I asked why it mattered so much to him.

‘Without our culture and heritage, we have nothing left. Our problem is that it is not taught in schools to any reasonable level. Who knows about Owain Glyndŵr? Or Owain Llawgoch, one of the most famous warriors in medieval history? The fact is that we do not know it, and we can only attract tourists by these factors. There is no industry left in Wales, and only very few ‘skilled’ jobs’ I have been proselytising for years the fact that we do not help our own industry. I have given papers at conferences that Japanese companies only create part-time unskilled repetitive female jobs and that they pay no UK corporate taxes. Some have been operating here for over 20 years and paid no corporation tax. With present government policy giving Wales a GDP per capita lower than any other part of the UK, we have to do something ourselves to change it. Increased tourism can kick-start our sad economy, but we have to offer something extra, that sense of hiraeth that makes us return to Wales like lemmings. We have to get over that message about Wales that we instinctively know. My book is shouting Welsh achievement from the rooftops, not just for tourists, but for our own people to be proud about. If you look at some of the questions in my ‘Christmas Quiz’, it is amazing what we have done.’

Do you think a book can achieve this, to make us better at publicising Wales?

‘It is a start for me… we have a sort of scarred ‘national psyche’… that’s probably an incorrect sociological term, but it suits the purpose. To survive as a distinct people, to keep the language against the ‘Welsh Not’, to desperately want to beat England at rugby, to return here to live from warmer climates, there has to be something within us. I believe that when we were eventually conquered by the semi-barbarian Normans (– even their ‘royal’ families were illiterate –) who brought real torture into Wales, we had to keep our heads down. We agreed with them on the surface, but went our own way behind their backs. That served our purpose for hundreds of years, but now we need to market Wales. No-one is coming here for the weather. We all laughed at the moody, atmospheric ads of the WTB when we realised they were aimed at loners and backpackers, not people with spending power. We need a vibrant, on-going programme of events the year round, on a local as well as national level. My next book is dedicated to reviving the ‘Feast Weeks’ of local Welsh Saints’.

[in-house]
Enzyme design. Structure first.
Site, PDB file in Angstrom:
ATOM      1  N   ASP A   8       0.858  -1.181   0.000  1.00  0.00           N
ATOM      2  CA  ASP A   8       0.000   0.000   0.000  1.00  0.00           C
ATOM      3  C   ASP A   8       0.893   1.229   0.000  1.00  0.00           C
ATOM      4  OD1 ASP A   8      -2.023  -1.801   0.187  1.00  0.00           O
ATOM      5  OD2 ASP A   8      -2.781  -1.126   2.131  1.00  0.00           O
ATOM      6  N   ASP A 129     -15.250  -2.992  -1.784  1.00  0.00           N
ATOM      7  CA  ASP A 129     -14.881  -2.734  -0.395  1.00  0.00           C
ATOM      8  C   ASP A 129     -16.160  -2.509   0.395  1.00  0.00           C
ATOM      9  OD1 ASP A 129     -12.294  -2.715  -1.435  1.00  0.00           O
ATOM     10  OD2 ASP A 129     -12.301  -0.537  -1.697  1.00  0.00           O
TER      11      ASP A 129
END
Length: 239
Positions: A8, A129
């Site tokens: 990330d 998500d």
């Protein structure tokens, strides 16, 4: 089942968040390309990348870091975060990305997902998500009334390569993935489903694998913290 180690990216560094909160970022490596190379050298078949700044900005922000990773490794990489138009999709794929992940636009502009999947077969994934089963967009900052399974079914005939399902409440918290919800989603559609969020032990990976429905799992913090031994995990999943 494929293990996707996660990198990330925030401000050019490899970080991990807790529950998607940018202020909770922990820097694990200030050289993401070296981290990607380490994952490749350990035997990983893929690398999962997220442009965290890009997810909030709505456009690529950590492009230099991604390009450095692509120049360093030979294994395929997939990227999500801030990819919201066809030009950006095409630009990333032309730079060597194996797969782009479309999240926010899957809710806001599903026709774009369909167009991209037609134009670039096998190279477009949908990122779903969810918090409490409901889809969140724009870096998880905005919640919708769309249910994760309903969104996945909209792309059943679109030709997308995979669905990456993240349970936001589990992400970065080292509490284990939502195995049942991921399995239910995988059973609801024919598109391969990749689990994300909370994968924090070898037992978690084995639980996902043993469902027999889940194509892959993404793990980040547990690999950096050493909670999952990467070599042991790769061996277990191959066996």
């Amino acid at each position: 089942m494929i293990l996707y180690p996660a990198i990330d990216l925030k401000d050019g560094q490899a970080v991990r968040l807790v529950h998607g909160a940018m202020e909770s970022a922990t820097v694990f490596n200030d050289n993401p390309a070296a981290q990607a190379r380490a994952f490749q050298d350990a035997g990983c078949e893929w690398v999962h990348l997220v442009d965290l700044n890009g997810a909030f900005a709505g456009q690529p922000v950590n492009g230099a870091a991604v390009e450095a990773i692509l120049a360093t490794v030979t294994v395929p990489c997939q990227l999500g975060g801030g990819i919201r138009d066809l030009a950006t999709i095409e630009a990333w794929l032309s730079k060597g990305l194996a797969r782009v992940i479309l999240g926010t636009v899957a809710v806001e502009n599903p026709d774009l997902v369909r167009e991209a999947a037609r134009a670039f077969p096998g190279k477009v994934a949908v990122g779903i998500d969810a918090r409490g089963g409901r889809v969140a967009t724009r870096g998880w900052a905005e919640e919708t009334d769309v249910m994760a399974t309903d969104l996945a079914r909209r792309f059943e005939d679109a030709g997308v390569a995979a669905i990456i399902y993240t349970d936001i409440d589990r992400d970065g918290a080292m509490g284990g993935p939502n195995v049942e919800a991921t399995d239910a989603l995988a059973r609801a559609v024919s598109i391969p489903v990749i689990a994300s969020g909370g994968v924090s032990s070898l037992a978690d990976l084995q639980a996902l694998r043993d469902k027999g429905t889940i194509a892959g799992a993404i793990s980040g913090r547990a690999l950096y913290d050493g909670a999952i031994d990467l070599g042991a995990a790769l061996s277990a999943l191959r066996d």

Why saints?

‘There are over 400 saints, and I have identified days (which were more important than Christmas for the local community before the nonconformist revival), holy wells, local customs and the like attached to various saints’ localities. The purpose is to kick-start culture like Iolo Morgannwg did with the eisteddfodau, but with an element of alcohol and enjoyment. If these days are taken up by local Women’s Institutes, businesses, pubs, CAMRA, Rotary Clubs, shops, schools, fairs, sports clubs, competitions and the like, there will be a plethora of venues all through the year for tourists and locals. Many churches were renamed by the Normans, and I am uncovering original dedications, e.g. Llanmaes was Llanffagan Fach, dedicated to St Fagan, Gileston was Llanfabon dedicated to Mabon, etc. This can also be an area where the Western Telegraph can help galvanise local communities by interchanging information.’

You have been busy – is there anything else in the pipeline?

‘Yes, my third book for 1999 is on Welsh pirates – the most cunning and gentle of all pirates was Hywel Davis, the most successful buccaneer in history was Sir Henry Morgan, and the most successful pirate, called by Newsweek the ‘last and most lethal’ pirate was ‘Black Bart’ Roberts from near Haverfordwest. I then want to follow with a series on Welsh sportsmen, politicians, scientists etc.’

What makes your ‘A-Z of Wales and the Welsh’ different from all the other books on Wales?

‘Well, Professor Sir Glanmor Williams, the doyen of Welsh historians, kindly proof-read it, and called it “Highly original” and said that it deserved to be published. It is original in that it is written purely from a proud, Welsh perspective – you cannot be too academic if you want to tell a story. It is a ‘dip-in, dip-out’ sort of book, that allows you to open it at random and become interested. I’ve given some academic papers at international conferences over the past few years, but I’m sick of that route Most people in colleges seem to know more and more about less and less, and forget the big picture. My forte is marketing, and I’ve identified something worthwhile to do with my life – to sell Wales to its own people’.